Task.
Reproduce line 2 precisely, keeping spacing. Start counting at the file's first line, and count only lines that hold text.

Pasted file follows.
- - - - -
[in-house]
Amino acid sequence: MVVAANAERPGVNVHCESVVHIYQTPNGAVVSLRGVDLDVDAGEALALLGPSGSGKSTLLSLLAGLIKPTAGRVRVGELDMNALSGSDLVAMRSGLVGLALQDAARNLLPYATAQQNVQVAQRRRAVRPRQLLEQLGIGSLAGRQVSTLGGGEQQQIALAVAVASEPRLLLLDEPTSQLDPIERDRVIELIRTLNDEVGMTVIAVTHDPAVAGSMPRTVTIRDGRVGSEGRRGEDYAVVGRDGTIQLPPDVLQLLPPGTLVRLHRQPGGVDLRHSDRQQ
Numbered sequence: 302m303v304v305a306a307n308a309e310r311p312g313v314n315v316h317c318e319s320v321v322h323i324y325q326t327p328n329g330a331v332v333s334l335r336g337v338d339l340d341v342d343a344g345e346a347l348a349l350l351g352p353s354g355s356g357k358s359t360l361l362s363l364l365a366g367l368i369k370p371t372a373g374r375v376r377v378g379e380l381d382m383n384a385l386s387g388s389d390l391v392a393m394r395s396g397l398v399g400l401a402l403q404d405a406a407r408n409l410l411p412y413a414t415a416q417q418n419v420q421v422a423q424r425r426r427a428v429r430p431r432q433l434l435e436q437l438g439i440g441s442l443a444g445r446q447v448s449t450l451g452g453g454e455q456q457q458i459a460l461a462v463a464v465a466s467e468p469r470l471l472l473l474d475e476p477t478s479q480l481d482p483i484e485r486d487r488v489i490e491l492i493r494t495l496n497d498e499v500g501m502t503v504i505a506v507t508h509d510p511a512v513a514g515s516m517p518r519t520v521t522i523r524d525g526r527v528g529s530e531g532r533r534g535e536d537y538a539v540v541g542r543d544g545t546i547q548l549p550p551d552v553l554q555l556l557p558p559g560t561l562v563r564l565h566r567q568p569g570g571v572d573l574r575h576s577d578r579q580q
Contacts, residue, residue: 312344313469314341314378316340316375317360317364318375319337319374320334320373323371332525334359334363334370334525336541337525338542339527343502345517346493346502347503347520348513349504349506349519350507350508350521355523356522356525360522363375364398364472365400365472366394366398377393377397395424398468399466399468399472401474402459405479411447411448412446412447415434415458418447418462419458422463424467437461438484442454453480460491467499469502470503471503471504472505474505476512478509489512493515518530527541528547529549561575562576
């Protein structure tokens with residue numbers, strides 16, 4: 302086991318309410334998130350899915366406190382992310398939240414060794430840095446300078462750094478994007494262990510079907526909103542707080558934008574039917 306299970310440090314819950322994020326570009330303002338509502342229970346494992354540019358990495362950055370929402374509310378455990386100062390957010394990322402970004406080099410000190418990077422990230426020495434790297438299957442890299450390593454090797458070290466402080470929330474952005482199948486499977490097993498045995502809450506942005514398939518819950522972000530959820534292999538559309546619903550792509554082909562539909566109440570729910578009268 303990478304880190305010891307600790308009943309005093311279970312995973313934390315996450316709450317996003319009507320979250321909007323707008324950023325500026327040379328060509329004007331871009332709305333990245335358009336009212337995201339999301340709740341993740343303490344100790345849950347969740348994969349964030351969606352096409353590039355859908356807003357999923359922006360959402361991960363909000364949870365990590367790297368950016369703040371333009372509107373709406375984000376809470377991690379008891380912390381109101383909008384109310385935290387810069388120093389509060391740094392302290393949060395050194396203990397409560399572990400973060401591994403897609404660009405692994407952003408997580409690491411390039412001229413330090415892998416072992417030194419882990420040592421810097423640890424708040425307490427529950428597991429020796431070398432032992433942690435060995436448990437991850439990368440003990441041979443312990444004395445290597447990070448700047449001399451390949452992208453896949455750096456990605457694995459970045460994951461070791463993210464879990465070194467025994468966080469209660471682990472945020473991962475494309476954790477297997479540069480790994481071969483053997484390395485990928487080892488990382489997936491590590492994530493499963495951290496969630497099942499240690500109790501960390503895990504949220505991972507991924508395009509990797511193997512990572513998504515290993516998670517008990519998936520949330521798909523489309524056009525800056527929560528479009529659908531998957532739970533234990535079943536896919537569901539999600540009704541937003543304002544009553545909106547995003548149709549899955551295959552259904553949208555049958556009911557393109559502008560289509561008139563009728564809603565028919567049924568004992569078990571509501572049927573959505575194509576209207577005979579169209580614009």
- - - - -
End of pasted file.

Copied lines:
Amino acid sequence: MVVAANAERPGVNVHCESVVHIYQTPNGAVVSLRGVDLDVDAGEALALLGPSGSGKSTLLSLLAGLIKPTAGRVRVGELDMNALSGSDLVAMRSGLVGLALQDAARNLLPYATAQQNVQVAQRRRAVRPRQLLEQLGIGSLAGRQVSTLGGGEQQQIALAVAVASEPRLLLLDEPTSQLDPIERDRVIELIRTLNDEVGMTVIAVTHDPAVAGSMPRTVTIRDGRVGSEGRRGEDYAVVGRDGTIQLPPDVLQLLPPGTLVRLHRQPGGVDLRHSDRQQ